“My concern is you’ve made a public statement that (homelessness) is not our problem here in Modesto,” Ridenour said. “And you’ve made a comment that it should be outside the city limits of Modesto. I don’t know that’s the consensus of the full council. In fact, I don’t think it is.”

Ridenour said Wednesday that Modesto needs to solve its homelessness problem by working with the county and other partners to provide services in the city.

Brandvold has said officials should consider other locations, including a former county hospital near Highway 99 in Ceres, the former animal shelter on Finch Road near the Modesto Airport as well as along Hackett Road, where the county has its Public Safety Center, Community Services Agency, Sheriff’s Department and other services.

After more discussion, including Zoslocki suggesting Kenoyer would be a better choice because of her longtime advocacy on behalf of the homeless, a frustrated Brandvold said:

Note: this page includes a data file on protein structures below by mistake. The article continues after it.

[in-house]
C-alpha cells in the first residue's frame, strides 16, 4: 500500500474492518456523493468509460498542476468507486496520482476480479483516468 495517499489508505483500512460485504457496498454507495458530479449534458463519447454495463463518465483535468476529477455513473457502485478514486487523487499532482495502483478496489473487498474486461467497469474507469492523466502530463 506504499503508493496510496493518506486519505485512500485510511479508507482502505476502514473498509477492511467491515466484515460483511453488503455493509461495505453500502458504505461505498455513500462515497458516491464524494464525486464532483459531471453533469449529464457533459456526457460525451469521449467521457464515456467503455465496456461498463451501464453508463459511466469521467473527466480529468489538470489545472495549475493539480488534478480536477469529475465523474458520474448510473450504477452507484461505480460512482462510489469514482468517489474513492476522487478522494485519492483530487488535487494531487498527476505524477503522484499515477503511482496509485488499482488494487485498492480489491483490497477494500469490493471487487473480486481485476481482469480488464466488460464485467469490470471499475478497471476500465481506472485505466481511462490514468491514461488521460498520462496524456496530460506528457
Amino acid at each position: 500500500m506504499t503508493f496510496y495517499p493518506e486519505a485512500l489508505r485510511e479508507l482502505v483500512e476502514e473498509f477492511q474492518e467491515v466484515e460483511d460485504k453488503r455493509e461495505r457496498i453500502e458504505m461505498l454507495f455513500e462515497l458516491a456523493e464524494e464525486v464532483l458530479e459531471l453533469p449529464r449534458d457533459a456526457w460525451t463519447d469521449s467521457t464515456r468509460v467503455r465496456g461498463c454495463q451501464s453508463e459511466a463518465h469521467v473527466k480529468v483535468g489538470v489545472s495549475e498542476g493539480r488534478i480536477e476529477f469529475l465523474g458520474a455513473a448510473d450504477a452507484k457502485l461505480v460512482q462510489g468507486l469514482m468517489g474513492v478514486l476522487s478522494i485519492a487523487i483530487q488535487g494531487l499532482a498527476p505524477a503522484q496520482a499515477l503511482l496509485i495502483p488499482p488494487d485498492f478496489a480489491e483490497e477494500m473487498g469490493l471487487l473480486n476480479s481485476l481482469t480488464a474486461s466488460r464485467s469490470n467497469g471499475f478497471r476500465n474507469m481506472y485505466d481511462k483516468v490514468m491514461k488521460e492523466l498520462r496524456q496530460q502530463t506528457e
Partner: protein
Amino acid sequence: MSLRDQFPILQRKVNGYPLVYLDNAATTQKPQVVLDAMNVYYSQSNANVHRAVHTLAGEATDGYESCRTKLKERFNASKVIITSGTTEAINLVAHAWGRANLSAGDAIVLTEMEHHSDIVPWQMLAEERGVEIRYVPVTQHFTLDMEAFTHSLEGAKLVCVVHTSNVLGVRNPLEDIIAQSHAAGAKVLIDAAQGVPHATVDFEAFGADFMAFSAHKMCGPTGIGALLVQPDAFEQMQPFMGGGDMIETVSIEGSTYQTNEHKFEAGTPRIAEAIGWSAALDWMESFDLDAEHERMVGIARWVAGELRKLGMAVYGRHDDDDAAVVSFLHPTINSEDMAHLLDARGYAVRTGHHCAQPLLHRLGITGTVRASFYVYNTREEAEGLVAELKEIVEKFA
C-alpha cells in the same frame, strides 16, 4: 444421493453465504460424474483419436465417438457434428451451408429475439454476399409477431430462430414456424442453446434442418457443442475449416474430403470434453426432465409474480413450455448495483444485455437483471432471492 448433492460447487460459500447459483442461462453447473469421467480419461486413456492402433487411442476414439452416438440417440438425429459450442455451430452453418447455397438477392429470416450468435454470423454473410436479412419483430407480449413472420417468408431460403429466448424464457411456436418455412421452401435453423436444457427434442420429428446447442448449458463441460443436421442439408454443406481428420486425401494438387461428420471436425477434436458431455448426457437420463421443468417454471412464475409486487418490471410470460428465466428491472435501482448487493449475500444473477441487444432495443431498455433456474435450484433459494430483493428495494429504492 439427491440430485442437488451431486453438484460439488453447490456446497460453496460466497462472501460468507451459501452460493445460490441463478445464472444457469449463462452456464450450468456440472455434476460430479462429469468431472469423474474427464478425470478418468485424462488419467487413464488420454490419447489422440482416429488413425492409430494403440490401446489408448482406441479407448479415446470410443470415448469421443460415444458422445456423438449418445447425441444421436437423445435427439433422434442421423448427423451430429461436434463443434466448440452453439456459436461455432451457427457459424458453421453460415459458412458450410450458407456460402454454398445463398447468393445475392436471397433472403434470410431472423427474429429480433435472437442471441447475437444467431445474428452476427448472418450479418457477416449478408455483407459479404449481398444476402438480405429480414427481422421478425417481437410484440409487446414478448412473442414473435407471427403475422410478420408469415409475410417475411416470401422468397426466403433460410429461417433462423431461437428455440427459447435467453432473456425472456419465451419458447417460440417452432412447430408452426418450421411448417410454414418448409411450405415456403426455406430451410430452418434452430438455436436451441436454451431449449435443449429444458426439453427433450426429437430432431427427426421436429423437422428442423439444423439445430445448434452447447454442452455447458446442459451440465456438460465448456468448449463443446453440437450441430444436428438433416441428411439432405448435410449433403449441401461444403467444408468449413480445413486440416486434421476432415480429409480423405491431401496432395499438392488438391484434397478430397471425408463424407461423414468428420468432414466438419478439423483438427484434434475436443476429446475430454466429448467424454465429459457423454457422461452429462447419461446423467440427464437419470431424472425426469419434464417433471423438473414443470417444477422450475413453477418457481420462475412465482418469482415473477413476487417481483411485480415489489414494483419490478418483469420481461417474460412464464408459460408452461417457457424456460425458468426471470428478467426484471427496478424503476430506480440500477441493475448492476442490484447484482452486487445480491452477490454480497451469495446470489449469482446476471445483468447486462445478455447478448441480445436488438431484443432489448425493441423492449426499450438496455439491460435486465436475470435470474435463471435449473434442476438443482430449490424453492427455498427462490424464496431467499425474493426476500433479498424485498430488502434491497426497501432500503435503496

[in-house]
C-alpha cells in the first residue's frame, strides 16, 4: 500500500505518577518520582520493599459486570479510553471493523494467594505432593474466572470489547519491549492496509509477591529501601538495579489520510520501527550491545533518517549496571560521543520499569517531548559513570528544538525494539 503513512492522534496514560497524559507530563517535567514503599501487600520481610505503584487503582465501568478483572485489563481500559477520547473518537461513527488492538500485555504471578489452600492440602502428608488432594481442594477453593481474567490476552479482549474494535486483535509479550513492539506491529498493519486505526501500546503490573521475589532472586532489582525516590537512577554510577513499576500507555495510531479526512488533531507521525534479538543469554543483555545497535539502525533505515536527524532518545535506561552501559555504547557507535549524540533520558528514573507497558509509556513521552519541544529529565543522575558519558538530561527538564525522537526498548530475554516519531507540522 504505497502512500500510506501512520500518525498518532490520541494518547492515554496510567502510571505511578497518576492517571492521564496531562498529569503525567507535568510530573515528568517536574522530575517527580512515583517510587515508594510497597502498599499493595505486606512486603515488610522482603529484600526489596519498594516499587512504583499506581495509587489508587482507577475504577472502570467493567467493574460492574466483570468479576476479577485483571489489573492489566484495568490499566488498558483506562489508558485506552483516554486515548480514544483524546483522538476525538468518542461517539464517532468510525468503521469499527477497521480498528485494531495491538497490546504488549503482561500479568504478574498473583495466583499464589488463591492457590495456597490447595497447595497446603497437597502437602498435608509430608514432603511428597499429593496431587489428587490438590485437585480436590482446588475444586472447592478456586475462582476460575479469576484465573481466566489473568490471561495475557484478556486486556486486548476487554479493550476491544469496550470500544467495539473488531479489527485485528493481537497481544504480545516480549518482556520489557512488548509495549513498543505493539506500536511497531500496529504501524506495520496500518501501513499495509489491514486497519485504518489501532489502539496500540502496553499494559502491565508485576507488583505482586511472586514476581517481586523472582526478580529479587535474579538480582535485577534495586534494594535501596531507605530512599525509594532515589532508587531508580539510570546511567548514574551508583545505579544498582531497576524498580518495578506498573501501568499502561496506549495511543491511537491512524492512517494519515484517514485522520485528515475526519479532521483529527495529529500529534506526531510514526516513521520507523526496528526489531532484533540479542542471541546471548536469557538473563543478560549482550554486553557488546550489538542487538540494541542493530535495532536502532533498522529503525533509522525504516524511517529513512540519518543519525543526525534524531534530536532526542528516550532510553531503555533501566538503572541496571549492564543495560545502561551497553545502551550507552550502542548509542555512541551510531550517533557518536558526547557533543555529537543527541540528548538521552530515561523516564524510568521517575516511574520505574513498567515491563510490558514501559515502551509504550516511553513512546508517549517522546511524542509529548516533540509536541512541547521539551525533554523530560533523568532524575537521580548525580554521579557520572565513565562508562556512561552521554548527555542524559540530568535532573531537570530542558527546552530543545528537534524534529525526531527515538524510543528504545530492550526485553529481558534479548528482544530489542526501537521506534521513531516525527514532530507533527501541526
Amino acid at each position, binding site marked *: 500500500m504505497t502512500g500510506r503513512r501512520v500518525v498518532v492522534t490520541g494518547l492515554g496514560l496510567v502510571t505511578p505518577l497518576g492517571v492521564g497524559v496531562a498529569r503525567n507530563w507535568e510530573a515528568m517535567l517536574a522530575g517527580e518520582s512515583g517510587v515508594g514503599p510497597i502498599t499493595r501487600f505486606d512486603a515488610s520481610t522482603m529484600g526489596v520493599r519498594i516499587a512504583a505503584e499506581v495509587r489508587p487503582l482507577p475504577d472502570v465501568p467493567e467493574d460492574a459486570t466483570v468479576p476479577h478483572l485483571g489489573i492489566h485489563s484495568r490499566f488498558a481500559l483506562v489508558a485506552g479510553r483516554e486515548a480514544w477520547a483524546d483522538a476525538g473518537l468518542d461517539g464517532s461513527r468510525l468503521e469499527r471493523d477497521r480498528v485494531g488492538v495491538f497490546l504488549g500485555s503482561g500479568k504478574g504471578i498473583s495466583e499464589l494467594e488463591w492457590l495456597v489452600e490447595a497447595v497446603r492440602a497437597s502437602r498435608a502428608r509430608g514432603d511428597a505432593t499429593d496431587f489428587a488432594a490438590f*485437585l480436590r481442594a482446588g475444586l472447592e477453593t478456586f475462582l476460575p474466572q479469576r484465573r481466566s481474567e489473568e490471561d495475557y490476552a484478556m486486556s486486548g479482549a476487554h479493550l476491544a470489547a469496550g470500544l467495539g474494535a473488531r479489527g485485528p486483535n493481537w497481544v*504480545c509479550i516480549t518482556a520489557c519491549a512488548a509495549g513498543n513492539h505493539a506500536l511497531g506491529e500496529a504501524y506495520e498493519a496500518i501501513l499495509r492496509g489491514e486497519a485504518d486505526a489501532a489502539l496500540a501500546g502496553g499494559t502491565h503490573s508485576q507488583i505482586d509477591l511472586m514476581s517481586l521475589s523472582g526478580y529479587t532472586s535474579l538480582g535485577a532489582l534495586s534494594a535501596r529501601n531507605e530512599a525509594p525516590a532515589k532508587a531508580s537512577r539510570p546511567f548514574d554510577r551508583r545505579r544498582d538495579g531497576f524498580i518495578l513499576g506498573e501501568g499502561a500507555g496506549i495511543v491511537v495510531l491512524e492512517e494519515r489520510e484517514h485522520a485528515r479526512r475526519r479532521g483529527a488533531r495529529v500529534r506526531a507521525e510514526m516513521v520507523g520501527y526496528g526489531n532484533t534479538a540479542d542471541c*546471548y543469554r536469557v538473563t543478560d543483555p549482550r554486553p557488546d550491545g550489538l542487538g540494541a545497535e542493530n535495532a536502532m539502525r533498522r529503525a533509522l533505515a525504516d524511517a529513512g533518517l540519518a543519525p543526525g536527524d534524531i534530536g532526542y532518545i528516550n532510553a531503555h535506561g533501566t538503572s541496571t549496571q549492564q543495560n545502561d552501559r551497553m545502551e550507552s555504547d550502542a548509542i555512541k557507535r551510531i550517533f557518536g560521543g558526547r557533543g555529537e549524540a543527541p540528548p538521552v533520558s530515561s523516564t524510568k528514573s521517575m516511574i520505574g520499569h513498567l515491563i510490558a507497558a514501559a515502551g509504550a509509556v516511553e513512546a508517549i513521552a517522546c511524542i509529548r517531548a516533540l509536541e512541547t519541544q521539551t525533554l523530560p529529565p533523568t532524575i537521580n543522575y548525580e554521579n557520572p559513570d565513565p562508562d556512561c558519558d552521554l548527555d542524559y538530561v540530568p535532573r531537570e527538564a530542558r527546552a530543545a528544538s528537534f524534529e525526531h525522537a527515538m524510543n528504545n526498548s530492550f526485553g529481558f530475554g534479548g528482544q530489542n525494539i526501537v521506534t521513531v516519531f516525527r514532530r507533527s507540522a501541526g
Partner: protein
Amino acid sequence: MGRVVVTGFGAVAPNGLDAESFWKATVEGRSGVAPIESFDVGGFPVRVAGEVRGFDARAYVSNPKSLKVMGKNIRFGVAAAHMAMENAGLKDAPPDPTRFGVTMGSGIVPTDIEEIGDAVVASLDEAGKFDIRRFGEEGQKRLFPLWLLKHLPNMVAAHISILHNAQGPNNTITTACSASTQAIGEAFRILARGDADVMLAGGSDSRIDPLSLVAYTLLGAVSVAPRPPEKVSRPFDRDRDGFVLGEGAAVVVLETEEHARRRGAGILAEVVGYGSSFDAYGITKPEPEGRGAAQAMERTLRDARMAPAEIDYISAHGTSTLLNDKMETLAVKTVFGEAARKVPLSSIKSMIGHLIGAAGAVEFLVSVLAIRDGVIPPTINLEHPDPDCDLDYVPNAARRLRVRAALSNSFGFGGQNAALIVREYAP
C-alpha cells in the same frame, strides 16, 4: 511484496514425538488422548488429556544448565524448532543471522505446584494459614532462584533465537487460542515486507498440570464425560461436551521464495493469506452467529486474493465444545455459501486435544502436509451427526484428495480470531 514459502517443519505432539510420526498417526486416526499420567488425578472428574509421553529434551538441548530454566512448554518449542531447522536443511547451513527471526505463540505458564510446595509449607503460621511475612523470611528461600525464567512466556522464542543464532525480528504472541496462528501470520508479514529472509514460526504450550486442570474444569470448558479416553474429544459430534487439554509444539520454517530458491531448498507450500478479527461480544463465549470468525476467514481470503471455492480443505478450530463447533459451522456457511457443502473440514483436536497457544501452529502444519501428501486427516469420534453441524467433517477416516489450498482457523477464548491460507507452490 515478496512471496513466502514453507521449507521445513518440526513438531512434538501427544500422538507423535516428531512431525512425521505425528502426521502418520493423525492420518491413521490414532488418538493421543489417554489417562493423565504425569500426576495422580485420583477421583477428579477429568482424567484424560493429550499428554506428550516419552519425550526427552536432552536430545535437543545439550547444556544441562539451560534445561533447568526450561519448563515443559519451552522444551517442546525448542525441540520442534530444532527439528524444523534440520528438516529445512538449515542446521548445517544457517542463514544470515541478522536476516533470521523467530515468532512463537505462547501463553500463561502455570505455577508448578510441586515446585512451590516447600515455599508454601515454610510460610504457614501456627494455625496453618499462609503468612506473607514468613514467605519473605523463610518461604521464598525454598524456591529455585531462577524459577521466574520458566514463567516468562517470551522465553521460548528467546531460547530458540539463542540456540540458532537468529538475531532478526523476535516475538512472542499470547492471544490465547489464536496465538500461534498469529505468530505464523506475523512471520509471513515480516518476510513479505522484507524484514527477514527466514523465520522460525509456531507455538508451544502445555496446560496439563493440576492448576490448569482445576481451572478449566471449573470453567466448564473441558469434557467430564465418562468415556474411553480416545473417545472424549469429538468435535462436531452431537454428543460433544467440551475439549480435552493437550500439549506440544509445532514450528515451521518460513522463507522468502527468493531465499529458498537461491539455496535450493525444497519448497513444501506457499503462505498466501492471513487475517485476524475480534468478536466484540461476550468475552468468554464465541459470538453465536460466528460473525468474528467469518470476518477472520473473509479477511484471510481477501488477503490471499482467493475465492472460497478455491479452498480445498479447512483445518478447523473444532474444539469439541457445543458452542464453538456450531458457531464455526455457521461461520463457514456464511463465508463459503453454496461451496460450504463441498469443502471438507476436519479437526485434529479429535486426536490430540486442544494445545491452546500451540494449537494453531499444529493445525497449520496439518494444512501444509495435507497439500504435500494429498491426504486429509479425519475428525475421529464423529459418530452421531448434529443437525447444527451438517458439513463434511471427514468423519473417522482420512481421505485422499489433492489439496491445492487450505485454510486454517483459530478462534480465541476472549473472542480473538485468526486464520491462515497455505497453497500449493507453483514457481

“It’s unbelievable because I’ve never not advocated for the homeless in this community,” he said. “And it comes down to the fact that all I ever advocated for is I don’t believe the shelter should be in our downtown. That’s it. I’ve always advocated for helping the homeless in our community.”

Ah You and Madrigal said the mayor had their full support. Grewal said the decision to provide additional services at the Berberian Center has been made and is being carried out so it doesn’t matter that the mayor had advocated for other locations.

Ridenour faced a claim from Modesto resident Emerson Drake that he was engaging in electioneering because he planned to run against Brandvold in the November 2020 election. Ridenour said Wednesday he is considering running but that does not make the issues he raised any less valid and worthy of discussion.